Photographer Nicholas Nixon’s Famed Brown Sisters Has Been Removed Early from the ICA

The photographer and longtime MassArt professor is accused of inappropriate behavior with students.

Courtesy of the artist and Fraenkel Gallery, San Francisco

Following reports that the famed photographer and longtimeMassachusetts College of Art and Design professor acted inappropriately with students, Nicholas Nixon’s best-known collection of pictures has been removed from the Institute of Contemporary Art.

His work, The Brown Sistersis a series of photographs taken of his wife and her three sisters every year since 1975. They’ve been on display at the ICA, along with dozens of his other photographs, for months in an exhibition called “Nicholas Nixon: Persistence of Vision” and had been scheduled to remain there another 10 days.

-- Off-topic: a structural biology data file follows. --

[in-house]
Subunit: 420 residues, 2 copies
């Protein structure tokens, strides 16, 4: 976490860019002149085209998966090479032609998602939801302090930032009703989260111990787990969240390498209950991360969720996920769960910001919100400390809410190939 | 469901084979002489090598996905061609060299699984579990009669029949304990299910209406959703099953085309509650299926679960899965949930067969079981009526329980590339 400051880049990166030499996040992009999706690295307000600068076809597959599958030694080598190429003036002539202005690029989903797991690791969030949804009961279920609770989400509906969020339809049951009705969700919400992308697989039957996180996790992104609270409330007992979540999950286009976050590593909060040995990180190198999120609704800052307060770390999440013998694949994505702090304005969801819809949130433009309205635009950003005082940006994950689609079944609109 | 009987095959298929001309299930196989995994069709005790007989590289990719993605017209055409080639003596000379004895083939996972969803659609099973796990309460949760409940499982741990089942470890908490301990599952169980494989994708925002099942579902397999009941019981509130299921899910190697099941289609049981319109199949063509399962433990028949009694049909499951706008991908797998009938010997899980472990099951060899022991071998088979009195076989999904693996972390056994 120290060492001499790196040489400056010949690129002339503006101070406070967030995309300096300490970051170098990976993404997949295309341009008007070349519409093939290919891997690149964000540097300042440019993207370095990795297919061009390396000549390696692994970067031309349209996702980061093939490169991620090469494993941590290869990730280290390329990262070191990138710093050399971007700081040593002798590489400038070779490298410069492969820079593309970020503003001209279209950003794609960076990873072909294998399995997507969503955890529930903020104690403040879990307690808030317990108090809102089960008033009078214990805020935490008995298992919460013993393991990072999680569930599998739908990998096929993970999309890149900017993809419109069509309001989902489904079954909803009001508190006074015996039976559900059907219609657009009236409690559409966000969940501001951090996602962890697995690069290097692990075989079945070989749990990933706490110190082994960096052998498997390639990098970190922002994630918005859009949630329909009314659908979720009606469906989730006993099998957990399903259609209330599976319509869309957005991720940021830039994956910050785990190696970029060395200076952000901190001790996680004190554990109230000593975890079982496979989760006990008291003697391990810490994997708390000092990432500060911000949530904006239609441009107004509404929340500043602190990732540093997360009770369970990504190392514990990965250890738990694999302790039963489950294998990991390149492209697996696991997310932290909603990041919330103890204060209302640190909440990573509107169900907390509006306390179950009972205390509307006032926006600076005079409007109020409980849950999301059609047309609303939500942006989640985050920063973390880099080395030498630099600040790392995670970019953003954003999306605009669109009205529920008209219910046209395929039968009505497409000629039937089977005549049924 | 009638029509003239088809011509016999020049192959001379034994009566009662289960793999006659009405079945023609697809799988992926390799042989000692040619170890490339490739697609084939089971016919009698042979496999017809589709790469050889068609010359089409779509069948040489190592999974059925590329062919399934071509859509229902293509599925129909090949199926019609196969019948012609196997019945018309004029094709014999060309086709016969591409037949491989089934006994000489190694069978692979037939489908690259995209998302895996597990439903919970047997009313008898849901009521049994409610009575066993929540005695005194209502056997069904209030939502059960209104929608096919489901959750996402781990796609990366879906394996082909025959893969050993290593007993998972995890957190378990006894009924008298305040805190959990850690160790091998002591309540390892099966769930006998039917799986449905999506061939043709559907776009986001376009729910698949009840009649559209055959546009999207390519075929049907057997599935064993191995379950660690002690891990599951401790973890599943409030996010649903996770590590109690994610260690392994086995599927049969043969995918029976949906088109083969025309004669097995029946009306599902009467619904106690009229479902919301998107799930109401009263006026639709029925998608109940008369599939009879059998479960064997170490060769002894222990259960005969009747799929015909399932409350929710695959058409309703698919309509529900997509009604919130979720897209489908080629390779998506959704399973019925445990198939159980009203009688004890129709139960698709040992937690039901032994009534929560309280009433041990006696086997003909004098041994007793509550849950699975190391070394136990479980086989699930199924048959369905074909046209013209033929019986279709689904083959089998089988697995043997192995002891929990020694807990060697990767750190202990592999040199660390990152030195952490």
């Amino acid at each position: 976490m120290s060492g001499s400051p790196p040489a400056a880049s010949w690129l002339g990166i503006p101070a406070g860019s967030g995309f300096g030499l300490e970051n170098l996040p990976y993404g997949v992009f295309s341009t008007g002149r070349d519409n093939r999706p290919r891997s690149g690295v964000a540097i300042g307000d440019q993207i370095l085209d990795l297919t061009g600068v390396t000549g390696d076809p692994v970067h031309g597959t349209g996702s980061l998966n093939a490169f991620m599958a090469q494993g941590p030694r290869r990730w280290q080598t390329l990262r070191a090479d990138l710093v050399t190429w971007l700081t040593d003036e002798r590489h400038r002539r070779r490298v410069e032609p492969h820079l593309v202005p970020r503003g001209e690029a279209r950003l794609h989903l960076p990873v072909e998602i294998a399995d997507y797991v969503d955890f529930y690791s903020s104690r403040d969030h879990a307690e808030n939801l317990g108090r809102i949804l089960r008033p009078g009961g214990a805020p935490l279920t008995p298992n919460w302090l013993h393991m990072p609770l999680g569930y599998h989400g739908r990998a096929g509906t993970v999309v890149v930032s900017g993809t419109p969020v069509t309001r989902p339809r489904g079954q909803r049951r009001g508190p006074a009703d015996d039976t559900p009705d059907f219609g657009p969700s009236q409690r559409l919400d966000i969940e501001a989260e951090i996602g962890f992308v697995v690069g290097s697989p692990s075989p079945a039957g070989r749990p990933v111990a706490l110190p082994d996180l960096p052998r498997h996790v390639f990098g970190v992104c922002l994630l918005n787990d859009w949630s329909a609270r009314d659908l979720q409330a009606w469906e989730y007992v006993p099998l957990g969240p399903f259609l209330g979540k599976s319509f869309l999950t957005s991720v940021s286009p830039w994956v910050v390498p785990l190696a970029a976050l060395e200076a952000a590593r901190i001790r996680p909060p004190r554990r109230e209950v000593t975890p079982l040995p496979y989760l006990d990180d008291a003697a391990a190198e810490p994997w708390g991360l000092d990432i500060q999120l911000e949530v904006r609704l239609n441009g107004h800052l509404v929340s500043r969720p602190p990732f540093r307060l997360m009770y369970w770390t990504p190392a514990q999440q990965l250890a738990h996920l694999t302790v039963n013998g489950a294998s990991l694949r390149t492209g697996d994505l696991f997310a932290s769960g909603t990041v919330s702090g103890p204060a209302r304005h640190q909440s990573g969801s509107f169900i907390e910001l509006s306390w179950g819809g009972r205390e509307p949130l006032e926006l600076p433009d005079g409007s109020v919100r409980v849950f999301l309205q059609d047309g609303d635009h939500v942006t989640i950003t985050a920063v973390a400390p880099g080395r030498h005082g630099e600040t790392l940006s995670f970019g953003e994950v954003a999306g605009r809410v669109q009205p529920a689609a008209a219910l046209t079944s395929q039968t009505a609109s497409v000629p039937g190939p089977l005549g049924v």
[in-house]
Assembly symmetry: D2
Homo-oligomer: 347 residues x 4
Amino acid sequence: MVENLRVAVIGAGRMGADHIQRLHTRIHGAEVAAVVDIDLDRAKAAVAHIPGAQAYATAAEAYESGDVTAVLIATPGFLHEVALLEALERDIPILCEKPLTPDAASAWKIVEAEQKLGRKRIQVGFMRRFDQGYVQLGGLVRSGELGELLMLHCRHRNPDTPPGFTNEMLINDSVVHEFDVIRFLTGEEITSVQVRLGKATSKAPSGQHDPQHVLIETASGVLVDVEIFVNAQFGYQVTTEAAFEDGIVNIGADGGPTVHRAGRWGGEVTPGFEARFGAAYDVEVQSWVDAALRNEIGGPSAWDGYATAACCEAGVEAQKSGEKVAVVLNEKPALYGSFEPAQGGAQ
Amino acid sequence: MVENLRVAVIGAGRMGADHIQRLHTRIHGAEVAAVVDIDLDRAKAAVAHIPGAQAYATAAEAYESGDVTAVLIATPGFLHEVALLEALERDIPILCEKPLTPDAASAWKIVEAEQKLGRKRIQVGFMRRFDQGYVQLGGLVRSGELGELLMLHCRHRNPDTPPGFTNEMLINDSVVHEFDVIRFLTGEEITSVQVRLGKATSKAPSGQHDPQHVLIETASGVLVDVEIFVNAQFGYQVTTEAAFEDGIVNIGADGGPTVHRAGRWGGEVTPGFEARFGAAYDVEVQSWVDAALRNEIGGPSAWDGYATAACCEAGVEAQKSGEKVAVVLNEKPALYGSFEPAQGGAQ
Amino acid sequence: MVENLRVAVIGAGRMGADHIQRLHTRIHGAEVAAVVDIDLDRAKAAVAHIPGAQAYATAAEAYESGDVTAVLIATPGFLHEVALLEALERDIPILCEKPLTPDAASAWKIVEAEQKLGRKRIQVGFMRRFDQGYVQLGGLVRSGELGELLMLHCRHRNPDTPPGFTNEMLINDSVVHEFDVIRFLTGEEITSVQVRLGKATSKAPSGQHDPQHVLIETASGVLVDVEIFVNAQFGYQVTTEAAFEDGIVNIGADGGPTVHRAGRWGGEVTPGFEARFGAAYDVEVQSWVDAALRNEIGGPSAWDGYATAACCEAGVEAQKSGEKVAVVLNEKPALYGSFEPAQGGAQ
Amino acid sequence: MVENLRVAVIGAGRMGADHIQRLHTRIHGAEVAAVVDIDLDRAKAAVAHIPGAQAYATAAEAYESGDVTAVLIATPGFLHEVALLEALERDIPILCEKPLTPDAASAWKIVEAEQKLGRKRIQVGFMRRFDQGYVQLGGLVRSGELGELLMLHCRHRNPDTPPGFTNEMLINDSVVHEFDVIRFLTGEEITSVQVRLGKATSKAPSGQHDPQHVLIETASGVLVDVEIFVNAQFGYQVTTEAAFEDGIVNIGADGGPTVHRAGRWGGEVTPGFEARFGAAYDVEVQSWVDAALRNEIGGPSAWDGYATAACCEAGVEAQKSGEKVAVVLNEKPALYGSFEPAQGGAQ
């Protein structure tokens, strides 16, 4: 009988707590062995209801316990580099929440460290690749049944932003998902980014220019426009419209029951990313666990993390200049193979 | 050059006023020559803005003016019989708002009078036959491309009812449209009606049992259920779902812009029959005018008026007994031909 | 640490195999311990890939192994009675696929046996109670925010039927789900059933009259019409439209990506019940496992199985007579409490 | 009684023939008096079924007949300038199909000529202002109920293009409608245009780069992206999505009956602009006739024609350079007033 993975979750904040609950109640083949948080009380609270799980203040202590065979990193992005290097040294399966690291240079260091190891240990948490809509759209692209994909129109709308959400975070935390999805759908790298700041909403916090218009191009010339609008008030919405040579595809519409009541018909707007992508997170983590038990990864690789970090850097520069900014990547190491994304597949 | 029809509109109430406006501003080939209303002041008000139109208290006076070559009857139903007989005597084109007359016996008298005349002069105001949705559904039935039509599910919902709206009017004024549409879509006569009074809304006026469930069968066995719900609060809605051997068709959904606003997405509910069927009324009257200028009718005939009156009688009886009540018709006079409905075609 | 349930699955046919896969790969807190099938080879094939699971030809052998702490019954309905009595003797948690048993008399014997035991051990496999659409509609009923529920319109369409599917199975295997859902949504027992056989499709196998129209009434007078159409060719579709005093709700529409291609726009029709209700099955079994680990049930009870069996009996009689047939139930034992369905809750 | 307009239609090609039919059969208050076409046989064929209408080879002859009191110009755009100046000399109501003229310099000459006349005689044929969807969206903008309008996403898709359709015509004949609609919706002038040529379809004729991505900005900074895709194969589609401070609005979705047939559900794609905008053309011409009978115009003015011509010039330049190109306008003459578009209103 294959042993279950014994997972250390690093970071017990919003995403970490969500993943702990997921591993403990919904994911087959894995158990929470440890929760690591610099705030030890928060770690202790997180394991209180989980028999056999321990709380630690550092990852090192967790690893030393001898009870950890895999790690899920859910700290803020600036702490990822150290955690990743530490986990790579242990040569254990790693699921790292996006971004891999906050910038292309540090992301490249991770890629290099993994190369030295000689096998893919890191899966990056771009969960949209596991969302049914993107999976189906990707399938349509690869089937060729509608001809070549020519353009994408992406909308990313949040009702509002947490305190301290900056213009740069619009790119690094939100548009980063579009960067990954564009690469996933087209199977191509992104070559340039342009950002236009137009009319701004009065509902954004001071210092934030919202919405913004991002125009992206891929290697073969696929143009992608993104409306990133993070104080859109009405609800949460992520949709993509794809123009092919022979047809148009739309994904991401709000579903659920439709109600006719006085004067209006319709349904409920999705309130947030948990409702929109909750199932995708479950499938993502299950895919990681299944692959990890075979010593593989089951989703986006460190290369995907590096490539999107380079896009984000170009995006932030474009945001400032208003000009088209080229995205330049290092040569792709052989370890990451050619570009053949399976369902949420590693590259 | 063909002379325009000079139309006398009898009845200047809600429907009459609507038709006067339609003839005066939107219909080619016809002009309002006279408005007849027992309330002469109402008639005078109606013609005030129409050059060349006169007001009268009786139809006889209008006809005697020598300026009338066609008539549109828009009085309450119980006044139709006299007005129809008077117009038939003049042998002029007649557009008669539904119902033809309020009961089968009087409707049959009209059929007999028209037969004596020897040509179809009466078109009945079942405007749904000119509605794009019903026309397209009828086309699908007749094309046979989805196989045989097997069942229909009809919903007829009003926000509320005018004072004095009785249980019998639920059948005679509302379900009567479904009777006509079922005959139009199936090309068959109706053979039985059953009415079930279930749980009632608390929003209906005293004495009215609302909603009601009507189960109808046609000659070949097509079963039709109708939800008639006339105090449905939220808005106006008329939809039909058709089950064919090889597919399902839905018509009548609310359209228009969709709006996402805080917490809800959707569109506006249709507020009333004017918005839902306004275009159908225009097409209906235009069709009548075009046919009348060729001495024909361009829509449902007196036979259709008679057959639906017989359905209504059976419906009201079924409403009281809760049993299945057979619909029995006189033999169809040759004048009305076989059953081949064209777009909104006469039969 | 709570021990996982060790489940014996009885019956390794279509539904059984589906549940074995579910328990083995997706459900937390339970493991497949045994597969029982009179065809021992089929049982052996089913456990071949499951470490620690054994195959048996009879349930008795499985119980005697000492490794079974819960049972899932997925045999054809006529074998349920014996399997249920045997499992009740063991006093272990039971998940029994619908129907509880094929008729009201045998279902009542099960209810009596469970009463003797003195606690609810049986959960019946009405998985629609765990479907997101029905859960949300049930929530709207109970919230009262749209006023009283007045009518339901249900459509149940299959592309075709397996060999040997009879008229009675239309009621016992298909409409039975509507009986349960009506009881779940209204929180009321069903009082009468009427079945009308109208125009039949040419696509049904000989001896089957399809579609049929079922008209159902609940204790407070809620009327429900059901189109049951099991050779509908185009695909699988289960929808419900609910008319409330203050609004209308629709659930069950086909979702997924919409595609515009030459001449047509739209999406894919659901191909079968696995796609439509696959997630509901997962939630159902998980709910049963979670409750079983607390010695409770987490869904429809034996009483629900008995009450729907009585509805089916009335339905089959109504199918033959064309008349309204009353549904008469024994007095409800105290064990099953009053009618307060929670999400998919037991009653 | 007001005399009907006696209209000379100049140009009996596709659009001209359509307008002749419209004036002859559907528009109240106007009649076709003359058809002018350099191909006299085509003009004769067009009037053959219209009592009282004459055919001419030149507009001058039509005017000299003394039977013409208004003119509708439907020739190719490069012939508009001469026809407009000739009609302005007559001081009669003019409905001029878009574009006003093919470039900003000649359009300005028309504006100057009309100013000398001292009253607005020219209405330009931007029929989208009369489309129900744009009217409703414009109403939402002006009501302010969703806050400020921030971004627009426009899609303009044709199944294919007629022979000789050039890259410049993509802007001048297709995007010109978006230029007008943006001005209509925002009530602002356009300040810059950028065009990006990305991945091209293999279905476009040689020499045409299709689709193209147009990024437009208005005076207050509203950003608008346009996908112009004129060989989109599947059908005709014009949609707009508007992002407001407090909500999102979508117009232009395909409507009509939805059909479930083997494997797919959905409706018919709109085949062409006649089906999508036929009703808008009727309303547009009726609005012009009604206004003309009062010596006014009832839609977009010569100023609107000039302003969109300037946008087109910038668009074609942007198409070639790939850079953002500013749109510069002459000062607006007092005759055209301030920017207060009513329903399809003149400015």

But that was before disturbing revelations appeared in the Boston Globe, which cited several formal students who say Nixon acted inappropriately in class. The students said Nixon asked several of them to pose nude and to photograph one another nude, sent flirtatious emails, made lewd comments about students’ bodies, and showed students pictures of his penis. Nixon has said through his lawyer that “the conduct we’re aware of was strictly consensual.” He retired from MassArt under pressure in March.

The website ArtNet News reports that the museum had debated what to do with the exhibition after the story broke, and had decided to add new signs addressing the allegations and set up an online forum to discuss the issue. Ultimately though, Nixon made the decision himself to pull the photos, and they were scheduled for removal on Thursday, the ICA said in a statement on its website:

In response to the ICA’s decisions to create new gallery signage and an online forum about Nicholas Nixon’s alleged misconduct in his capacity as a professor at MassArt, the artist today sent a letter to the museum stating: “I believe it is impossible for these photographs to be viewed on their own merits any longer. In response, with deep regret, and only after careful thought, I believe it is more respectful to all concerned—to your mission, and to the work itself—to remove the exhibit as soon as possible.”